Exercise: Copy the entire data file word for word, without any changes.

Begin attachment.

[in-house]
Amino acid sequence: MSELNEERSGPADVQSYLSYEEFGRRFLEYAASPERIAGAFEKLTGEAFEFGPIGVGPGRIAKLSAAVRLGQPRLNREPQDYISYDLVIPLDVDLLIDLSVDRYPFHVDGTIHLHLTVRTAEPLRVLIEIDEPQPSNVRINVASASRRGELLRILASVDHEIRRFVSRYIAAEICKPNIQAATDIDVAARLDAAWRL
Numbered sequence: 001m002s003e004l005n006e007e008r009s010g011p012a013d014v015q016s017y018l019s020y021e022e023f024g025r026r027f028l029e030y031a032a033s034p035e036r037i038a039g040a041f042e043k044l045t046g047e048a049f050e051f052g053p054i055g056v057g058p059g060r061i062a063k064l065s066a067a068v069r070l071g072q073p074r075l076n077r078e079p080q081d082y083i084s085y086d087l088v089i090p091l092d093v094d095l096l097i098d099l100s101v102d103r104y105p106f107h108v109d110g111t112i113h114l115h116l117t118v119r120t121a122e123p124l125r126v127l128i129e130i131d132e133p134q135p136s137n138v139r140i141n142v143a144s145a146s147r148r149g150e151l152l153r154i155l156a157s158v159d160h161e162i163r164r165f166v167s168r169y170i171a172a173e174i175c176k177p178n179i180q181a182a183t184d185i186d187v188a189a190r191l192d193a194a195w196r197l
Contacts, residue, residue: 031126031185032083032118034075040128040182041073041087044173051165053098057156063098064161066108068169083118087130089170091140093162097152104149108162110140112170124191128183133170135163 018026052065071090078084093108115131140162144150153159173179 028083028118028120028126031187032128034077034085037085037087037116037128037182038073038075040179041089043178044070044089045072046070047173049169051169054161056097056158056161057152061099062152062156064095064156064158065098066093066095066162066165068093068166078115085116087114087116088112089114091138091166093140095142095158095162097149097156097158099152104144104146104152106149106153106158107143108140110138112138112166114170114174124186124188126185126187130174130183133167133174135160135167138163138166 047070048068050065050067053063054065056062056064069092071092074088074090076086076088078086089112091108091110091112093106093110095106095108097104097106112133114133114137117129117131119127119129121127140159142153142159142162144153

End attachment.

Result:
[in-house]
Amino acid sequence: MSELNEERSGPADVQSYLSYEEFGRRFLEYAASPERIAGAFEKLTGEAFEFGPIGVGPGRIAKLSAAVRLGQPRLNREPQDYISYDLVIPLDVDLLIDLSVDRYPFHVDGTIHLHLTVRTAEPLRVLIEIDEPQPSNVRINVASASRRGELLRILASVDHEIRRFVSRYIAAEICKPNIQAATDIDVAARLDAAWRL
Numbered sequence: 001m002s003e004l005n006e007e008r009s010g011p012a013d014v015q016s017y018l019s020y021e022e023f024g025r026r027f028l029e030y031a032a033s034p035e036r037i038a039g040a041f042e043k044l045t046g047e048a049f050e051f052g053p054i055g056v057g058p059g060r061i062a063k064l065s066a067a068v069r070l071g072q073p074r075l076n077r078e079p080q081d082y083i084s085y086d087l088v089i090p091l092d093v094d095l096l097i098d099l100s101v102d103r104y105p106f107h108v109d110g111t112i113h114l115h116l117t118v119r120t121a122e123p124l125r126v127l128i129e130i131d132e133p134q135p136s137n138v139r140i141n142v143a144s145a146s147r148r149g150e151l152l153r154i155l156a157s158v159d160h161e162i163r164r165f166v167s168r169y170i171a172a173e174i175c176k177p178n179i180q181a182a183t184d185i186d187v188a189a190r191l192d193a194a195w196r197l
Contacts, residue, residue: 031126031185032083032118034075040128040182041073041087044173051165053098057156063098064161066108068169083118087130089170091140093162097152104149108162110140112170124191128183133170135163 018026052065071090078084093108115131140162144150153159173179 028083028118028120028126031187032128034077034085037085037087037116037128037182038073038075040179041089043178044070044089045072046070047173049169051169054161056097056158056161057152061099062152062156064095064156064158065098066093066095066162066165068093068166078115085116087114087116088112089114091138091166093140095142095158095162097149097156097158099152104144104146104152106149106153106158107143108140110138112138112166114170114174124186124188126185126187130174130183133167133174135160135167138163138166 047070048068050065050067053063054065056062056064069092071092074088074090076086076088078086089112091108091110091112093106093110095106095108097104097106112133114133114137117129117131119127119129121127140159142153142159142162144153